BB: I don't think we would have brought him here if we thought that he wouldn't have a chance to play based on practice. He didn't play the week before, so it kind of was two weeks of practice if you will – well a little over a week just in terms of our association with him. But I mean look I don't think it's unprecedented. I'm not saying it isn't hard or challenging but again you're talking about a guy who's played a lot of football, who has a lot of experience. I think if you asked a player who didn't have that it'd be too much. In his case I don't think it is too much and I think he's going to get better every week.
Q: Does it say a lot about his work ethic that he was able to stay in shape while away from football for so long?
BB: Yeah, but more than that I would say it was just his diligence in learning the playbook, learning his assignments, communicating with whether it be a quarterback or the line and blocking schemes and protections, things like that. Those have all – I mean that takes work, it takes effort. You've got to build those relationships and that communication and I think he worked really hard at that and continues to. So, that's good.
Q: What's your approach to two-point conversions? In Sunday's game, the score was 17-12 and you chose to kick the extra point. Was there any thought to going for two there? Was there any thought to going for two before overtime?
BB: Yeah I mean I think to me the two-point conversion really doesn't come into play until later in the game. The two-point try in the first quarter, there is so much football left to play that again, I would not say never, but I think it would be a very small percentage of the time that it would really be a factor. For me the factor would come at the end of the game when you have limited possessions left and then how you want to look at those opportunities – the opportunities of two versus one – how many more possessions are left in the game. But in the end ultimately it comes down to how confident you are about the play in that situation. If I was 90 percent confident about the play, maybe we would do it in the first quarter. If you feel that good about it, why not do it. The success rate on that is – I don't know what it is – but it's basically a 50-50 proposition. It's in that ballpark. But yeah, we considered it. We talked about it. In the end I think there was enough time left that it looks good if you get that point and then if you didn't the way the game played out you needed that point to tie the game. There are some calls that could go either way. I would say those are the ones that kind of could. At the end of the game, that was another one. We had two timeouts so even if we hadn't made it we still would have had a chance to get the ball back with timeouts and a deep kick and all that and only needing a field goal. By kicking the extra point we felt like we ensured overtime assuming that we could stop them, which puts the pressure back on them again. They've got to either get a first down or we get the ball back with timeouts and a chance to score, which could have happened if we didn't have the interference penalty on third down. If that play, if there is no penalty there, we have the ball back with two timeouts with good field position, then that puts us in the driver's seat in that situation. But yeah I think you could make an argument for a two-point conversion there.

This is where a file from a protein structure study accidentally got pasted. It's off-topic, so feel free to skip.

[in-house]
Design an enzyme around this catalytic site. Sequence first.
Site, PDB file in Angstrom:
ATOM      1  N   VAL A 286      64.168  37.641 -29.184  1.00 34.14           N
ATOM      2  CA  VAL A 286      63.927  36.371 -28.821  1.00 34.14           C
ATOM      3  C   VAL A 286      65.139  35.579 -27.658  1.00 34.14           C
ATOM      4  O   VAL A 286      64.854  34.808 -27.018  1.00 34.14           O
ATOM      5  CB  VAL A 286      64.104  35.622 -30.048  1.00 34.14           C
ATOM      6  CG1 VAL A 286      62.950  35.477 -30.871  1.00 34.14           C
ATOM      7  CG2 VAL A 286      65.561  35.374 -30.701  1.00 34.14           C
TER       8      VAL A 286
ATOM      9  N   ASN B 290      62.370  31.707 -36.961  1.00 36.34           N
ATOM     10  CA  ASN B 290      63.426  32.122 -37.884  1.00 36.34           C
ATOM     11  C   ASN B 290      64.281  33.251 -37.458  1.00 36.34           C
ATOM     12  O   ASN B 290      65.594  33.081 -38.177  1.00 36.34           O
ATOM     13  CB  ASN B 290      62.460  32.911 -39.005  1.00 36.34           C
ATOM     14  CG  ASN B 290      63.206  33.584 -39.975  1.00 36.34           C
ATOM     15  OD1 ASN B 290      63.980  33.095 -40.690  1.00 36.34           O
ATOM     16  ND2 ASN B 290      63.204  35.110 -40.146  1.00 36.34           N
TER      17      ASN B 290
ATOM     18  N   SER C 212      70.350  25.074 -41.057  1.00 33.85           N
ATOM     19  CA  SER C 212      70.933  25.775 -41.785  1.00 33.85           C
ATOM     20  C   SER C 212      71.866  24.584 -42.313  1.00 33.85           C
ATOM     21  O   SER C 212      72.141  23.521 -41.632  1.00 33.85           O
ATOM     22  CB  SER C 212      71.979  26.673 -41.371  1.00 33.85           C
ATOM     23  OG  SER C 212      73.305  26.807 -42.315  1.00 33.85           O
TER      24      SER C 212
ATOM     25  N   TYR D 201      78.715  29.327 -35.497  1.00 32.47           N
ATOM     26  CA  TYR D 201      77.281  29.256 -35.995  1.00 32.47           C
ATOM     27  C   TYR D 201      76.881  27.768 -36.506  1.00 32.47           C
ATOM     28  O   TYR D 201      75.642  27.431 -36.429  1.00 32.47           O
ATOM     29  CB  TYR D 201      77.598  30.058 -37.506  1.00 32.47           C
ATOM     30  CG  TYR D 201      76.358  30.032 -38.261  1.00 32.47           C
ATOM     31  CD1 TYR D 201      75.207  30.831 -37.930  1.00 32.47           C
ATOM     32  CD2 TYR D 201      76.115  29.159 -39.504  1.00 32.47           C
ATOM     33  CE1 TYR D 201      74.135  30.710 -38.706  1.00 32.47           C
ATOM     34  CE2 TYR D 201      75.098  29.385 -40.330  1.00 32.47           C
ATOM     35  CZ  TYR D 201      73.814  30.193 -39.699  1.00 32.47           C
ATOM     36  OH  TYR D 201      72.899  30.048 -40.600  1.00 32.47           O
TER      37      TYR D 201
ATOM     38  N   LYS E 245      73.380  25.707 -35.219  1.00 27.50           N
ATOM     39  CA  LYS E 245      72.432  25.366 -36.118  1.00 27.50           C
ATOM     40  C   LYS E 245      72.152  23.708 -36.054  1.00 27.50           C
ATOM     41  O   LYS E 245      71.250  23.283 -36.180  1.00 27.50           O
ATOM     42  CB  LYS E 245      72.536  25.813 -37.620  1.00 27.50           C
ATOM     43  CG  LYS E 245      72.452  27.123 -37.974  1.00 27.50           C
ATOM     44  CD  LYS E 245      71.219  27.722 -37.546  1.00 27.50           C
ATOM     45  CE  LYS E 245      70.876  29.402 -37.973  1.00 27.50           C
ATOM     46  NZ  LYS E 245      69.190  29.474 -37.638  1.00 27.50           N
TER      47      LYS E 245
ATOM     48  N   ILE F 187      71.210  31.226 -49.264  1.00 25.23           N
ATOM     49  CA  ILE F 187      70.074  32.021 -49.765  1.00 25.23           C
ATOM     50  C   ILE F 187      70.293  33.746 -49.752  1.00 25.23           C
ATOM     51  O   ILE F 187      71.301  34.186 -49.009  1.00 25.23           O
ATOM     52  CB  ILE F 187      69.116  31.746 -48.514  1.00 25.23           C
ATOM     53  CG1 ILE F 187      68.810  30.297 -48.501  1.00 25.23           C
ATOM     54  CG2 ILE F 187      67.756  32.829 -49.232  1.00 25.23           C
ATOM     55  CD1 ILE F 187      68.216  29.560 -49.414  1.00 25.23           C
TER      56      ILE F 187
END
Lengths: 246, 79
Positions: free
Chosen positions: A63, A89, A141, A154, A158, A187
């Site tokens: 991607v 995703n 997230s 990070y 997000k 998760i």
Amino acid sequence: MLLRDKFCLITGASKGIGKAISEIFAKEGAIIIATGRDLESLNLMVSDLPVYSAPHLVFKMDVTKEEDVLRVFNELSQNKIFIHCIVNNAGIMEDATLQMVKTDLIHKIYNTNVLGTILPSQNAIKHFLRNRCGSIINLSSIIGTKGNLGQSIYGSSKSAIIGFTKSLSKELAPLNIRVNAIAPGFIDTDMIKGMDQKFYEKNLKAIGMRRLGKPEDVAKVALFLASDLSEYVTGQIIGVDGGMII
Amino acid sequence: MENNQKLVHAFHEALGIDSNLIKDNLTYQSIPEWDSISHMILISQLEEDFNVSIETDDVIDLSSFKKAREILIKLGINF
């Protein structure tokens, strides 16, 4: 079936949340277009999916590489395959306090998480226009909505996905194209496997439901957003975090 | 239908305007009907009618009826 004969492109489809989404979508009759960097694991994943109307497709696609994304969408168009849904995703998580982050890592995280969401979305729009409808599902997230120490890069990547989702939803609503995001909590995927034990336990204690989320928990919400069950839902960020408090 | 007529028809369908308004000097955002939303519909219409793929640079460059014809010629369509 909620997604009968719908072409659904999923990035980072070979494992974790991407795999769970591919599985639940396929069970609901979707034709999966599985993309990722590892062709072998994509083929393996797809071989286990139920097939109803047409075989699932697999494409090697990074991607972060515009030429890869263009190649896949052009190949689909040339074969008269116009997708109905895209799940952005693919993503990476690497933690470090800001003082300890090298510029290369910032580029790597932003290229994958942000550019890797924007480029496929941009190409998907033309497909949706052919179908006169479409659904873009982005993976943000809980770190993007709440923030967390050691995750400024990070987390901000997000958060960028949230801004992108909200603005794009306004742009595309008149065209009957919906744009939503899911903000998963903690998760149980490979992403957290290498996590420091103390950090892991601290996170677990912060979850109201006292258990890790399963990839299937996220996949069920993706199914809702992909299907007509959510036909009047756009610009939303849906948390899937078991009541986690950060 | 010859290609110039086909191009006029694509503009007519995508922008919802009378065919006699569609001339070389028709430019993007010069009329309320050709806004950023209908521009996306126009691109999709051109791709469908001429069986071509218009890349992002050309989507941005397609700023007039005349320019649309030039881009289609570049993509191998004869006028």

Q: In both situations?
BB: I think you could look at the Cleveland-Denver game was a good example of Cleveland went for two, didn't make it, next play 80-yard touchdown, and now that point ends up being – because there are now a couple of extra scores that maybe you don't think about are going to happen there in the middle of the fourth quarter or whatever it was – now all of a sudden that point looks a lot differently than it did without those extra scores. You get a quick score after that and now that kind of changes things. You've just kind of got to be careful about ... The more scores there are, the longer the game goes, the more that point can hurt you. With less time, fewer possessions, you need the point to either tie the game or to get into position to get the score tied and there aren't many opportunities left so maybe you take advantage of that and do it. But again if there is enough time left then there is a cost to doing that.
Q: Would you not look at the two-point conversion chart until a certain point in the game?